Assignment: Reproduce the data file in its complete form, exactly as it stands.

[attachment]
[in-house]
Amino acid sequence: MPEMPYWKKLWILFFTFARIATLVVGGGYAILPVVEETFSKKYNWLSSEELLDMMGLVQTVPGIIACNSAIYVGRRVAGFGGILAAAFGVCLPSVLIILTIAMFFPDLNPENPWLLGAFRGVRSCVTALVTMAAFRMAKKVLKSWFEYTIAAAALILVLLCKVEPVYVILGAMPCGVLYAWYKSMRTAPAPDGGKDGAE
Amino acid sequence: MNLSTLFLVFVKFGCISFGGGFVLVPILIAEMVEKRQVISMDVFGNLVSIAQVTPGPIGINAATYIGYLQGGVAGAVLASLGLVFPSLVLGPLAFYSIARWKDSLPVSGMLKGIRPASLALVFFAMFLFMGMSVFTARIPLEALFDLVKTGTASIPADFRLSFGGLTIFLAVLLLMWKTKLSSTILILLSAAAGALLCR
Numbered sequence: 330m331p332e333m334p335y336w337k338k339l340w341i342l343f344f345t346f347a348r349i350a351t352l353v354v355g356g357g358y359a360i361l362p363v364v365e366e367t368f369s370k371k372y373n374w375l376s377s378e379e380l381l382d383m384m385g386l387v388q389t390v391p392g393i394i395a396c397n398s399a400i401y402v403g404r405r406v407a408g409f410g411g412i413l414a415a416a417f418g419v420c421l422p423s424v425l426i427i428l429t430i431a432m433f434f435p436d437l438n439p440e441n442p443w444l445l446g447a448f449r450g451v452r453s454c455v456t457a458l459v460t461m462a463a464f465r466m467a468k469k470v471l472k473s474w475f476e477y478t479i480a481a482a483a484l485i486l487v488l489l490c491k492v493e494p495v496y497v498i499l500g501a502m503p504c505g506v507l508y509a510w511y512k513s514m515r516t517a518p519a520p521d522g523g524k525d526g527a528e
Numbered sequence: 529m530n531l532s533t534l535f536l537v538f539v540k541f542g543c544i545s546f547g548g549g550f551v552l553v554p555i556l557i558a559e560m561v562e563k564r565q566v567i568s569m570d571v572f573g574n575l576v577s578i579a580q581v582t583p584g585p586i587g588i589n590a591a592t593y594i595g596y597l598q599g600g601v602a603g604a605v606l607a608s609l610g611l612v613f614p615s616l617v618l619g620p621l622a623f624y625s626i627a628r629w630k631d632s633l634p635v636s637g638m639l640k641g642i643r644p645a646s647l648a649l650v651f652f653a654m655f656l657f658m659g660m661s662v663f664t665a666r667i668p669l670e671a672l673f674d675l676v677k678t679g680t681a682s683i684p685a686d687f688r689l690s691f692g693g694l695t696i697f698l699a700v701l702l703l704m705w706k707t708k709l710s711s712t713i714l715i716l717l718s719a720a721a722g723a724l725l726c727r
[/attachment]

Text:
[in-house]
Amino acid sequence: MPEMPYWKKLWILFFTFARIATLVVGGGYAILPVVEETFSKKYNWLSSEELLDMMGLVQTVPGIIACNSAIYVGRRVAGFGGILAAAFGVCLPSVLIILTIAMFFPDLNPENPWLLGAFRGVRSCVTALVTMAAFRMAKKVLKSWFEYTIAAAALILVLLCKVEPVYVILGAMPCGVLYAWYKSMRTAPAPDGGKDGAE
Amino acid sequence: MNLSTLFLVFVKFGCISFGGGFVLVPILIAEMVEKRQVISMDVFGNLVSIAQVTPGPIGINAATYIGYLQGGVAGAVLASLGLVFPSLVLGPLAFYSIARWKDSLPVSGMLKGIRPASLALVFFAMFLFMGMSVFTARIPLEALFDLVKTGTASIPADFRLSFGGLTIFLAVLLLMWKTKLSSTILILLSAAAGALLCR
Numbered sequence: 330m331p332e333m334p335y336w337k338k339l340w341i342l343f344f345t346f347a348r349i350a351t352l353v354v355g356g357g358y359a360i361l362p363v364v365e366e367t368f369s370k371k372y373n374w375l376s377s378e379e380l381l382d383m384m385g386l387v388q389t390v391p392g393i394i395a396c397n398s399a400i401y402v403g404r405r406v407a408g409f410g411g412i413l414a415a416a417f418g419v420c421l422p423s424v425l426i427i428l429t430i431a432m433f434f435p436d437l438n439p440e441n442p443w444l445l446g447a448f449r450g451v452r453s454c455v456t457a458l459v460t461m462a463a464f465r466m467a468k469k470v471l472k473s474w475f476e477y478t479i480a481a482a483a484l485i486l487v488l489l490c491k492v493e494p495v496y497v498i499l500g501a502m503p504c505g506v507l508y509a510w511y512k513s514m515r516t517a518p519a520p521d522g523g524k525d526g527a528e
Numbered sequence: 529m530n531l532s533t534l535f536l537v538f539v540k541f542g543c544i545s546f547g548g549g550f551v552l553v554p555i556l557i558a559e560m561v562e563k564r565q566v567i568s569m570d571v572f573g574n575l576v577s578i579a580q581v582t583p584g585p586i587g588i589n590a591a592t593y594i595g596y597l598q599g600g601v602a603g604a605v606l607a608s609l610g611l612v613f614p615s616l617v618l619g620p621l622a623f624y625s626i627a628r629w630k631d632s633l634p635v636s637g638m639l640k641g642i643r644p645a646s647l648a649l650v651f652f653a654m655f656l657f658m659g660m661s662v663f664t665a666r667i668p669l670e671a672l673f674d675l676v677k678t679g680t681a682s683i684p685a686d687f688r689l690s691f692g693g694l695t696i697f698l699a700v701l702l703l704m705w706k707t708k709l710s711s712t713i714l715i716l717l718s719a720a721a722g723a724l725l726c727r